Published: June 24, 2019
Bryan M. Barnes, Mark Alexander Henn, Martin Y. Sohn, Hui Zhou, Richard M. Silver
Several metamaterials and nanostructures are form birefringent, exhibiting effective refractive index differences for orthogonal polarizations due to the placement of subwavelength features if the periodicity is smaller than the incident wavelength. As the wavelength decreases below the periodic spacing, form birefringence must be replaced due to high spatial-frequency scattering with form-dependent scattering. For the first time, this form-dependent scattering off technologically relevant two-fold periodic patterns is numerically assessed for deep-, vacuum-, and extreme-ultraviolet illumination wavelengths (DUV, VUV, EUV). Simulations are performed for two geometries as found in nanoelectronics, both as ideal periodic arrays and with a bridging feature that breaks the local periodic symmetry. For periodic layouts, form- dependent scattering intensity ratios decrease with wavelength in the DUV and VUV, but dramatically increase for the 47 nm EUV wavelength due to the wavelength-dependent optical properties of the dielectrics modeled. With an added bridging feature, form-dependent scattering is observed at all five modeled wavelengths with the optimal polarization axis aligned with the long axis of these bridges for all wavelengths except 47 nm. This EUV wavelength is the most sensitive to these pattering faults, which is advantageous for defect inspection in nanoelectronics, with its optimal polarization axis aligned to the long axis of the periodic structure. At each wavelength, the available optical hardware is incorporated as a constraint and the impact of known source intensities is addressed. These clearly defined simulation methodologies for this challenging wavelength range should be extensible to future engineered optical materials designed for DUV and shorter wavelengths.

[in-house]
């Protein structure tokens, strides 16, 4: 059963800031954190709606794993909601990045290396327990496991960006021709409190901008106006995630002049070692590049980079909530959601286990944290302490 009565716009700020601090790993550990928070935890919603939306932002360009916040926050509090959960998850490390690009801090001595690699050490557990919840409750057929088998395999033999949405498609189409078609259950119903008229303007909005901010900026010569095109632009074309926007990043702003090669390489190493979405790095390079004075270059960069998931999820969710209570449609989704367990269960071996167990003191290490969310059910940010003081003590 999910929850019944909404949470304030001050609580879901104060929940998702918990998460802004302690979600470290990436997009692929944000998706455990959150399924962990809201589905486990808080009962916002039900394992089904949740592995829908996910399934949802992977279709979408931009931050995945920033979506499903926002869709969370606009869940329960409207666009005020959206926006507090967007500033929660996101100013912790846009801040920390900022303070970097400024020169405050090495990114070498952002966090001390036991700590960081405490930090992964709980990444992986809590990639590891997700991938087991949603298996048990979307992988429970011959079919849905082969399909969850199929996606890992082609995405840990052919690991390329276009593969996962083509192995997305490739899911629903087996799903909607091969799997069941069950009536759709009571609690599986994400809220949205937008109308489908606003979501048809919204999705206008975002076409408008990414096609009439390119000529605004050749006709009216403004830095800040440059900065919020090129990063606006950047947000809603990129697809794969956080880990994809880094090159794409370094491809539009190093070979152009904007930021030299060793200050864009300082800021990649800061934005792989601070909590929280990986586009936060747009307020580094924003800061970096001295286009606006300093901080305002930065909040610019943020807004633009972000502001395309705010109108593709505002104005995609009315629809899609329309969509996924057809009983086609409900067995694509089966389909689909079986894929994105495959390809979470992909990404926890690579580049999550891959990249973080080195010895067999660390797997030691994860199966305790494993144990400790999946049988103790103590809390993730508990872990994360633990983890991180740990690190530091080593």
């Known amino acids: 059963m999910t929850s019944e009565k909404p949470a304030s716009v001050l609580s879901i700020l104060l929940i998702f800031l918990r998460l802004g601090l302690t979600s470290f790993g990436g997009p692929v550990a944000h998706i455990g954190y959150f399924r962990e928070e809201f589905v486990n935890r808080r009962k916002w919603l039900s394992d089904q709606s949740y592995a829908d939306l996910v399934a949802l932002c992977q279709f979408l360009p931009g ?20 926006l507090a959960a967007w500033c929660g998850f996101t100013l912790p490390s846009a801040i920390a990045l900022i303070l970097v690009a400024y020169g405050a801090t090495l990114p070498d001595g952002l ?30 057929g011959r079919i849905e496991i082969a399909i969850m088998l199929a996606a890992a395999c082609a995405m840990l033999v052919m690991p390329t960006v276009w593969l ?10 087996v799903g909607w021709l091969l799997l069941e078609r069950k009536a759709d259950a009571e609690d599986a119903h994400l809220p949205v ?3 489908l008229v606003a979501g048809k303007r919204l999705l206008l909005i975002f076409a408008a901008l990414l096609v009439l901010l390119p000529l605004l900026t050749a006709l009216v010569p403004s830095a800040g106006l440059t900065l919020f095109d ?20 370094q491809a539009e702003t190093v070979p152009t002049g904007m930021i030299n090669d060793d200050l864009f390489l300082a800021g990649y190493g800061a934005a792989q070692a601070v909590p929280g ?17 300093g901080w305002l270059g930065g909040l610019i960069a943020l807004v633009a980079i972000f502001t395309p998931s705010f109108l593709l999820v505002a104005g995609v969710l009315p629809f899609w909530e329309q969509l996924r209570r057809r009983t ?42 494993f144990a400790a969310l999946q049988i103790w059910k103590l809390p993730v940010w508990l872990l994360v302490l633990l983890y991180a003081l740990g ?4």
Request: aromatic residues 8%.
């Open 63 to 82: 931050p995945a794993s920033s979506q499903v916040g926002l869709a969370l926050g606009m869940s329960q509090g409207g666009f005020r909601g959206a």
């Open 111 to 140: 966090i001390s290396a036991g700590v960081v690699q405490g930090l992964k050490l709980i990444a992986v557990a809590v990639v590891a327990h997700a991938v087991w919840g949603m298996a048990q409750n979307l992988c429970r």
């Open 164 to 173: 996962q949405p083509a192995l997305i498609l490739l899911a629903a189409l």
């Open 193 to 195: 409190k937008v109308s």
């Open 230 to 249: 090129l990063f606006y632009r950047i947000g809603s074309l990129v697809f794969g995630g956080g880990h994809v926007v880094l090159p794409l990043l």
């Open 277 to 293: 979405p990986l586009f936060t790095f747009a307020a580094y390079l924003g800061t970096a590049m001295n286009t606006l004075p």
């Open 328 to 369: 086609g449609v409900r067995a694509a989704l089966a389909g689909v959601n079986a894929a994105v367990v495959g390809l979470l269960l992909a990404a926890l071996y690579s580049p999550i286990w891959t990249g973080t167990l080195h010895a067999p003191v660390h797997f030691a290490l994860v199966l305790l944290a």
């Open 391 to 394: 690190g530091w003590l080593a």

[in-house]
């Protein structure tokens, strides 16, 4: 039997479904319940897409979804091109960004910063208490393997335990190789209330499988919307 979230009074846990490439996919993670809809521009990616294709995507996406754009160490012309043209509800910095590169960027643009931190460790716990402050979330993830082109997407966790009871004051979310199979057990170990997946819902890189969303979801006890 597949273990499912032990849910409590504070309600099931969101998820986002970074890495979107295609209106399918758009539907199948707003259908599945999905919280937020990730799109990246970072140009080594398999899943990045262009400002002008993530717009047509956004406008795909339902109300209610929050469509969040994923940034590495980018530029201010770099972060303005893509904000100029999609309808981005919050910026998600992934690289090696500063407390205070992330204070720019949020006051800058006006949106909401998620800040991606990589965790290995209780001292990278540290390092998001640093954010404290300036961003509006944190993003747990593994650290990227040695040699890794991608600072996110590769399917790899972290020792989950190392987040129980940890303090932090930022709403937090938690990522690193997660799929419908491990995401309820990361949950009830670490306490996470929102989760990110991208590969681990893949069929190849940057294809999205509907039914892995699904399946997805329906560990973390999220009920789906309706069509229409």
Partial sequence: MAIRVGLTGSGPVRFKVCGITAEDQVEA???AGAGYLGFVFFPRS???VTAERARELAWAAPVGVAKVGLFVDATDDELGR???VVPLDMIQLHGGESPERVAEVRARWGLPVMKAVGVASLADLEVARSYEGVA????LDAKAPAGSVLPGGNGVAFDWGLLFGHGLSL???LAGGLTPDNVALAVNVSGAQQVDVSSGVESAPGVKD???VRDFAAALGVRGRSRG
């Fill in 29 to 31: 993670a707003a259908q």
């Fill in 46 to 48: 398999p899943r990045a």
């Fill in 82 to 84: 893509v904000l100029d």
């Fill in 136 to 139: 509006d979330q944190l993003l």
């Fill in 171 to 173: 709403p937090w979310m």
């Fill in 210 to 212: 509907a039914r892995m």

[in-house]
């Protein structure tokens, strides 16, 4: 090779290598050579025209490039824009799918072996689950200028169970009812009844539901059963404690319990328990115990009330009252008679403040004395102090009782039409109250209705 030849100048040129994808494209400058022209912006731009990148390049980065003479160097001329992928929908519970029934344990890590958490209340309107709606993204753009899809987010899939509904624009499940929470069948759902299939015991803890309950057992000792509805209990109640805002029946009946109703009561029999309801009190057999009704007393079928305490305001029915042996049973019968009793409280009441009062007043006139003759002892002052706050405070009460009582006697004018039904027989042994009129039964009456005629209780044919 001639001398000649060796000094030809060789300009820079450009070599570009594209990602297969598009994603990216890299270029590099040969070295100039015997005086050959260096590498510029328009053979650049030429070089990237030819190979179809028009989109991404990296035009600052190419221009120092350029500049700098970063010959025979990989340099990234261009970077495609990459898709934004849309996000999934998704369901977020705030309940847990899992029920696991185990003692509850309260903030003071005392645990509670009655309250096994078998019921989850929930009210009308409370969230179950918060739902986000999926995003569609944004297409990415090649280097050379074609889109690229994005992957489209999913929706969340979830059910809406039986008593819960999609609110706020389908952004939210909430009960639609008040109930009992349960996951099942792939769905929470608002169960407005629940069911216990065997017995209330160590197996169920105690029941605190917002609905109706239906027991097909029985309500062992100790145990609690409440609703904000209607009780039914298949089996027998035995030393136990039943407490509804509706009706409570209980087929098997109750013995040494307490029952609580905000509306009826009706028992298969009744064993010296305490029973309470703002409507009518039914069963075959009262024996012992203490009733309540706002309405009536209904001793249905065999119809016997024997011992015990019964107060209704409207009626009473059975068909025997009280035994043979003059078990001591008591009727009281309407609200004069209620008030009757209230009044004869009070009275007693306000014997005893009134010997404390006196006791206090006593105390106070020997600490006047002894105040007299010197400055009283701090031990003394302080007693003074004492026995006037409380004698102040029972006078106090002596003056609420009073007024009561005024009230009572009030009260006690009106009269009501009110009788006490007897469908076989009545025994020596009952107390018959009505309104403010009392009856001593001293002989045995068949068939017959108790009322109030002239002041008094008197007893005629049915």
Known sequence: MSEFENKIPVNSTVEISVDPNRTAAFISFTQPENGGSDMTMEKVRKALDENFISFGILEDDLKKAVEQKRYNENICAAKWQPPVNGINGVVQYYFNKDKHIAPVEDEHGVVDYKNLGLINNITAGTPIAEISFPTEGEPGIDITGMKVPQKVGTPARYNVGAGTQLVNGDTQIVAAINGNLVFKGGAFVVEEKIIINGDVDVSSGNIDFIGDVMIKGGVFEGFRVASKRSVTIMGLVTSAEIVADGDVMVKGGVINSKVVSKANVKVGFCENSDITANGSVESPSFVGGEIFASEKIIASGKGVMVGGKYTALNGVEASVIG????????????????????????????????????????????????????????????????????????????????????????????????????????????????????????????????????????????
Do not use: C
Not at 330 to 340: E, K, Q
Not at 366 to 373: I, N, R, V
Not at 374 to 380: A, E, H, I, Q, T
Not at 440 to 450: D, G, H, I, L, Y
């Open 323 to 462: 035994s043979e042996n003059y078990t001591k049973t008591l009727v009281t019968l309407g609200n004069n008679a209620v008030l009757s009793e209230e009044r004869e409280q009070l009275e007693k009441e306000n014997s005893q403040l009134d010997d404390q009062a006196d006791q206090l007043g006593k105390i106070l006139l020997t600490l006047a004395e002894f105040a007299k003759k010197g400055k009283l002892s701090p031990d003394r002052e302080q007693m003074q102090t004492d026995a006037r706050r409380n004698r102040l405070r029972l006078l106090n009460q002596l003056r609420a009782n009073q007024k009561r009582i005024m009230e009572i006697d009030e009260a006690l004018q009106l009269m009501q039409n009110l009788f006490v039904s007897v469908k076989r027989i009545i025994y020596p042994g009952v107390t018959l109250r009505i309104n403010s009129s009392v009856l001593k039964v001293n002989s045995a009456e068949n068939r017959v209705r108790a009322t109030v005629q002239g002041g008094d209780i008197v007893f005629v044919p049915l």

Citation: Physical Review Applied
Pub Type: Journals
form birefringence, applied classical electromagnetism, image forming and processing, diffraction and scattering, finite-difference methods
Created June 24, 2019, Updated July 02, 2019